U.S. soldiers threw her family’s winter food storage into the river, and her parents were killed in a resulting clash, she said.

Wyassus paddled a canoe hidden in a nearby cave upriver to a place where her father had said she’d find people who spoke her native language – the Umatilla reservation.

Such stories abound among the four river tribes.

Today, there is still a village at Celilo, though it is much smaller than the great hub that flourished prior to the construction of the dam.

“While you don’t see us all living in The Dalles now, in Celilo, we all have ancestral ties to the river,” she said. “Our connection to the river is still strong.”

Efforts behind the Confluence Project began in 2002, when river tribes wanted to have a voice in the national commemoration of the Lewis and Clark expedition.

Tribal elders began meeting with a committee that planned the Lewis and Clark Bicentennial and eventually traveled to New York City to ask Lin to design art that would focus on the historical, cultural and environmental viewpoints of the river.

After hearing the request from tribal leaders, Lin agreed.

The project is considered the largest and longest that Lin has undertaken. When complete, a total of seven memorials will be built at sites stretching from the mouth of the Columbia River more than 400 miles upriver to Lewiston, Idaho, on the Snake River.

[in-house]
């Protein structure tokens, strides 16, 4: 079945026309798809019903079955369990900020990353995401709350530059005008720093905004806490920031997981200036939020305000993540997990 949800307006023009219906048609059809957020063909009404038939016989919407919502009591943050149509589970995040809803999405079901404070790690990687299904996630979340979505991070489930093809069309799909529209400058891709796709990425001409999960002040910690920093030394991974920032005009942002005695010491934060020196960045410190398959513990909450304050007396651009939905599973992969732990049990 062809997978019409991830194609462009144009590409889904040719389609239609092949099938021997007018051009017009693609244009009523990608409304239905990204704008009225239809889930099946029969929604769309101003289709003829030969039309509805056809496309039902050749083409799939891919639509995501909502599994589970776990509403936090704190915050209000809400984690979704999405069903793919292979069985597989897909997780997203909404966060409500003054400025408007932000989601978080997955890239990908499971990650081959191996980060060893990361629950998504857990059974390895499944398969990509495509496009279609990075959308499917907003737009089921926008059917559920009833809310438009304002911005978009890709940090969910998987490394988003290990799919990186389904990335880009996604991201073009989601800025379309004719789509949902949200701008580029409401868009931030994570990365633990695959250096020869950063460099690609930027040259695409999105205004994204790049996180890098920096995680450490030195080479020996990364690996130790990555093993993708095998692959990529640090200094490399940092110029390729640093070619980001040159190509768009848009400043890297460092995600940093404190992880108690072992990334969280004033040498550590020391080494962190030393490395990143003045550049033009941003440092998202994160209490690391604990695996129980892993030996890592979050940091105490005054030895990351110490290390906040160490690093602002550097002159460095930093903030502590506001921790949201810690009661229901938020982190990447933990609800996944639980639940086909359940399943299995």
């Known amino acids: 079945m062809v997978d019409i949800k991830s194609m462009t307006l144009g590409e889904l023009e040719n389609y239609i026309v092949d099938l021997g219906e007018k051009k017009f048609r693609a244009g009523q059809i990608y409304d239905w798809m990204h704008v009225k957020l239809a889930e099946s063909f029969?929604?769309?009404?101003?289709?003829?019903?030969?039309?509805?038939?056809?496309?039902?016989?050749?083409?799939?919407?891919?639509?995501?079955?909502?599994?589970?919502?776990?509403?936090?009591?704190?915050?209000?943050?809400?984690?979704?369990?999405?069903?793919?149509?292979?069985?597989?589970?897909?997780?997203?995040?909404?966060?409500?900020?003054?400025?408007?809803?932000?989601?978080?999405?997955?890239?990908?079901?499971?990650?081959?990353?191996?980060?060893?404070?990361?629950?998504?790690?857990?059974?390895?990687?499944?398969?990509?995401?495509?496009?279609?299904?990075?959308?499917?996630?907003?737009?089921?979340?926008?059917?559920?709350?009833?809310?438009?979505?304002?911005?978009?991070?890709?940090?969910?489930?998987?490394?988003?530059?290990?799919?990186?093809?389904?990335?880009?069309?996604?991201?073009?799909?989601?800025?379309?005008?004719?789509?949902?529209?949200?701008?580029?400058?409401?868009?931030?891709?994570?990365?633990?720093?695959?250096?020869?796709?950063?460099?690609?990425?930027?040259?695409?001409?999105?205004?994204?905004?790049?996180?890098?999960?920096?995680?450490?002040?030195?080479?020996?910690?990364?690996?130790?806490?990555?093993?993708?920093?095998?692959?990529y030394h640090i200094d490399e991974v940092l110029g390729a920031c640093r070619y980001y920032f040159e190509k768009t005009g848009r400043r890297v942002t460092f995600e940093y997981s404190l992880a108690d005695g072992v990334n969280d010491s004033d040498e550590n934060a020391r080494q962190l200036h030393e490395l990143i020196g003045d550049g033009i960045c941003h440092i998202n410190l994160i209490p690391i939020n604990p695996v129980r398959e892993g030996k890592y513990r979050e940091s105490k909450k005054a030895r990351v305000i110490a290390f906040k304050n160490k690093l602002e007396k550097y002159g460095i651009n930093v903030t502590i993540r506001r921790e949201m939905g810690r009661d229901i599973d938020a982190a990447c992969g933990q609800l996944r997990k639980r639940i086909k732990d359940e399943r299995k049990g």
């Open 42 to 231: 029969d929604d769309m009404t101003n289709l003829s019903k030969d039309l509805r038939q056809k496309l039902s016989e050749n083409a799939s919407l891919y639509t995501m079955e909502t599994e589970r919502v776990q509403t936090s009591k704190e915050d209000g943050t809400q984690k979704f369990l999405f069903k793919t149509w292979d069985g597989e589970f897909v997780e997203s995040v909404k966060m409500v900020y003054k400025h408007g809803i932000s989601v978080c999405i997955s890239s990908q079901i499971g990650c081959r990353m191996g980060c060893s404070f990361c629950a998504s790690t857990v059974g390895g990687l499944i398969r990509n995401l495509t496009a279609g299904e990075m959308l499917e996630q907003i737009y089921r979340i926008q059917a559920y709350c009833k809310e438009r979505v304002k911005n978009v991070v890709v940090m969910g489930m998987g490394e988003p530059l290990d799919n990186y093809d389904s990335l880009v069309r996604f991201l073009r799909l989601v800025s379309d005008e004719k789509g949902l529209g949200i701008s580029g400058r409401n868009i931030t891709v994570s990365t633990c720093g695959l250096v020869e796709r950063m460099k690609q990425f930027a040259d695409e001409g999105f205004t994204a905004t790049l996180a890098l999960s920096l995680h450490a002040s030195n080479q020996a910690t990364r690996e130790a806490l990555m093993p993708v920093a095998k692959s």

So far, four sites of the Confluence Project have been complete: A fish cleaning sink made of basalt and inscriptions along a pathway of Lewis and Clarks journey at Cape Disappointment State Park near the river’s mouth; a pedestrian bridge that reconnects Fort Vancouver to the river; a trail that leads to a rustic bird blind at the Sandy River Delta near Portland; and seven story circles set into the ground at Sacajawea State Park in Kennewick that tell how the Columbia River’s confluence with the Snake River shaped the lives and culture of Native Americans.

The project doesn’t just focus on history, but also the environmental changes and impacts the river has endured from development over the years.

Tribal elders have been pleased with Lin’s work so far, and like her design for Celilo Park, Minthorn said.

“I trust Maya, that she will get the job done,” he said.

Minthorn said he hopes the project will bring more interaction between Indian and non-Indian communities along the river, where tribal members continue to fish for salmon and sell it to the public.

“I think that’s real important,” he said.